We've been visited by good ole Anonymous again, with some interesting information on the different spellings for ketchup/catsup.
Anonymous left a link that led me to a long and barely believable story on Wikipedia; the battle between the two spellings supposedly led to the Supreme Court. I don't believe everything I see on Wikipedia, but who knows. Stranger things have happened.
None of the other links I've found weave such a fascinating tale. You can read a fairly simple explanation from the British viewpoint HERE, and a similar story HERE. I haven't found any other sources that mention an outlandish legal battle. I'm not buying that one. I remember that back when I was a kid, a few naughty children (usually boys) called it "cat-sh*t" and thought that was hilarious. I'm glad that one didn't catch on.
By the way, I generally buy Heinz, but Hunts will do. Cliff does not appreciate store-brand ketchup, says it's too "vinegary". He used to do some work for a local farmer whose wife made and canned her own ketchup, and he said that was delicious. Personally, any old kind would do for my purposes.
I've added a survey to my sidebar asking what brand of ketchup my readers prefer, so go on over there and participe.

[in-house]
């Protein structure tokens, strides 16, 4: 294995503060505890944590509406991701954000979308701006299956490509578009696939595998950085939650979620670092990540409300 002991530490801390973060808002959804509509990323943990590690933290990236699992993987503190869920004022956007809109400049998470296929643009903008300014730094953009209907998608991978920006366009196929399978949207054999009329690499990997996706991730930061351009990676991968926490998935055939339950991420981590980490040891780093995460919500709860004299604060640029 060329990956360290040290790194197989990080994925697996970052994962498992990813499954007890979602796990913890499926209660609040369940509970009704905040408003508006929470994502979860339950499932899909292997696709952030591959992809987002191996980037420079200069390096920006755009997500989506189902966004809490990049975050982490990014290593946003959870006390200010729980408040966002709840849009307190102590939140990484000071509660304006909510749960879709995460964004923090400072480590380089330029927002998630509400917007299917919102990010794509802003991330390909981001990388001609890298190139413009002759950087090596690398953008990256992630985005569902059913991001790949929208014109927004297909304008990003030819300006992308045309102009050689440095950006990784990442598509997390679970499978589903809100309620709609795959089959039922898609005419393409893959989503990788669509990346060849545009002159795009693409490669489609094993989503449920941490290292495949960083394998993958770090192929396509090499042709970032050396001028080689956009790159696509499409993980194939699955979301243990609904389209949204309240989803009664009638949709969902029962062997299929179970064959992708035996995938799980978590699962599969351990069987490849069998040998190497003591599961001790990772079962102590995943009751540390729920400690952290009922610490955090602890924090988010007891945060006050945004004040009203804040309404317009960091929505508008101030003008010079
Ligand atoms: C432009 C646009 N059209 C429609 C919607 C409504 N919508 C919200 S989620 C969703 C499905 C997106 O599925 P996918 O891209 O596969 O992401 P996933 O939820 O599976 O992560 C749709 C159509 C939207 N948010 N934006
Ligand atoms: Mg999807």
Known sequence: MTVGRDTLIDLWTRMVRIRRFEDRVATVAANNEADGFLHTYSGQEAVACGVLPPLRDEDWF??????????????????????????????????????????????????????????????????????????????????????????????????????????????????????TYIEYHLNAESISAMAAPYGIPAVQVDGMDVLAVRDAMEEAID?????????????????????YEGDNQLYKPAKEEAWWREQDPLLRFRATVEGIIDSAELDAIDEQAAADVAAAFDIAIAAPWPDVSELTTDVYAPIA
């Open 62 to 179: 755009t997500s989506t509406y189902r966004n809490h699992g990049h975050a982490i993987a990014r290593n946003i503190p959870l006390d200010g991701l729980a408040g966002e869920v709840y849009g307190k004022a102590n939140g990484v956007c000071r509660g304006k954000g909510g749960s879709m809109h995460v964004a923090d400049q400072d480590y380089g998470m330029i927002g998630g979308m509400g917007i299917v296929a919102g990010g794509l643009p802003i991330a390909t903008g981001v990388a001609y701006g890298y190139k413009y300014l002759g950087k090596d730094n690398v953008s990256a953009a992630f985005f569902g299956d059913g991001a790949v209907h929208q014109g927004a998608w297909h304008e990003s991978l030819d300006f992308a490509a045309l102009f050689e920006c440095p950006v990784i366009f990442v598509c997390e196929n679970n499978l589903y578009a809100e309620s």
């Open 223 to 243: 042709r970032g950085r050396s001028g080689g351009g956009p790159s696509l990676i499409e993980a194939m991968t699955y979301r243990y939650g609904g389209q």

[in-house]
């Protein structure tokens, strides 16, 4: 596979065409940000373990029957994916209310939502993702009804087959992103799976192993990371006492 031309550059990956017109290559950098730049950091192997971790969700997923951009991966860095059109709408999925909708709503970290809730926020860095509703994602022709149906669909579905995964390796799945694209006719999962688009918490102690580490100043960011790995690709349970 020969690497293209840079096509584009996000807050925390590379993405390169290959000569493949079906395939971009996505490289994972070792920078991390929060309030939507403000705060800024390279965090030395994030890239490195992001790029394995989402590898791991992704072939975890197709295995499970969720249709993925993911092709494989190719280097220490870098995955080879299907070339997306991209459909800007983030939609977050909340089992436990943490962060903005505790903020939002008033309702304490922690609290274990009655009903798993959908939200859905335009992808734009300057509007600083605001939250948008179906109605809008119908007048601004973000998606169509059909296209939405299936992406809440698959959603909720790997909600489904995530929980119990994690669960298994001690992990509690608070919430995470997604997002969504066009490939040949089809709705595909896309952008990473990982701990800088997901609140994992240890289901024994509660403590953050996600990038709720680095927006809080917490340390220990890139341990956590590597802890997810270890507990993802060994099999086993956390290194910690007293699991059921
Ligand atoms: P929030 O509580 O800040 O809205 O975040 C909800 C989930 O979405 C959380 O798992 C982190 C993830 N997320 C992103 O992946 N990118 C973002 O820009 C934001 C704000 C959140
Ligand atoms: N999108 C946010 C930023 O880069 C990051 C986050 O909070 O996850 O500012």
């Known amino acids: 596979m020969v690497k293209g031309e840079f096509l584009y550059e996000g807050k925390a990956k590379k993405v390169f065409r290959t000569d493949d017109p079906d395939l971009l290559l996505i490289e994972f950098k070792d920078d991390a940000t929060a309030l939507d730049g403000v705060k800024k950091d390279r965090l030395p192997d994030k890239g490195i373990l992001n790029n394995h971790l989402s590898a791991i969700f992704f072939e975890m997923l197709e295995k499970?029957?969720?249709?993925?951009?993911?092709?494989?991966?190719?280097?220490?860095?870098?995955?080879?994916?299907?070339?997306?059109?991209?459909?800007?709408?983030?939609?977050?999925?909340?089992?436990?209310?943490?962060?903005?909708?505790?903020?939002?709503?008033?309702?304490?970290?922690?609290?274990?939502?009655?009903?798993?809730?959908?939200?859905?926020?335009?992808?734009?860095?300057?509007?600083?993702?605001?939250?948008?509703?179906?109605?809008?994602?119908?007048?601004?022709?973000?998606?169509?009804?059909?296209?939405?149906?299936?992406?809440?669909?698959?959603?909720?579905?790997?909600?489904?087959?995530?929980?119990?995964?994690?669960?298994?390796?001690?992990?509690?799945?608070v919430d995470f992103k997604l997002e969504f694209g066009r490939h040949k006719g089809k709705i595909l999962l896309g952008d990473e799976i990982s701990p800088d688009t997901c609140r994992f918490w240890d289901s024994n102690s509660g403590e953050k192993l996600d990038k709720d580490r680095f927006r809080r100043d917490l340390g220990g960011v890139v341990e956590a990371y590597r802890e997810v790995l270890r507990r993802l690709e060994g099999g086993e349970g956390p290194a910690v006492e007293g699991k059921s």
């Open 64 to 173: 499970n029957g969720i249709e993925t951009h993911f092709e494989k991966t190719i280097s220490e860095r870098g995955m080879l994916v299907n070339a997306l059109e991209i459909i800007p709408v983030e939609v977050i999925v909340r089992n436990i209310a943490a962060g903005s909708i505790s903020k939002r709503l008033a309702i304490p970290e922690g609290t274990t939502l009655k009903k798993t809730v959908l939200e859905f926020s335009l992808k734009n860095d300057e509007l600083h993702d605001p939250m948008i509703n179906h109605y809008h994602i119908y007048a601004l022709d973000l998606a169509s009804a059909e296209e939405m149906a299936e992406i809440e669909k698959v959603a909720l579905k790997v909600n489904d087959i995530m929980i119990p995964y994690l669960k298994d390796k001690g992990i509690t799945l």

Remember I told you we were out of ketchup and milk? I didn't want to make a special trip for two items, so since I had a very thorough list made out, I borrowed $70 from Cliff and we did the shopping yesterday. Tomorrow he gets the $70 that would have gone into the grocery envelope.
The only small problem is, I forgot two items: round crackers for Cliff, and saltines for me. Yup, we're split on what kind of crackers to use, so we keep both kinds. Not name brand crackers, though. We've found the store brand crackers, at less than half the price, are an acceptable alternative. With any luck, I'll have my daughter or son-in-law pick up the crackers for us when they do their shopping this weekend.
Ever since I started doing the envelope thing, I've had grocery money left over. Out of the allotted $70 per week, I usually had from $20 to $30 left. When I thought there was enough extra cash built up, we went to Sam's Club and got the foodstuffs we like from there.
But with the garden not producing and the cow not giving milk, I'm coming very close to using all the money in the grocery envelope. I buy more produce, for one thing.
I buy fresh tomatoes, for instance; I get the kind that are on the vine because they come closest to tasting like home-grown; they are not cheap. They are much more perishable than those hard plastic tomatoes sitting beside them in the produce section, so I really have to watch and use them quickly.
I generally buy the chicken leg quarters in ten-pound bags, cook them, de-skin and debone them, and freeze them in two-cup portions. I bag the broth from that and put it in the freezer to use in the many recipes that require chicken broth. What with my store of chopped Thanksgiving turkey portions in the freezer, I have plenty of frozen, cooked poultry, but I've used all my broth; so I had to buy canned chicken broth yesterday. At least it was only fifty cents per can.
Anyhow, my point is that our grocery bill is higher. If I go to Sam's Club now, the money will come from the general fund, an option that won't be available once Cliff retires.
My dad had a saying when anything was getting a little difficult: "This is where the cheese gets binding."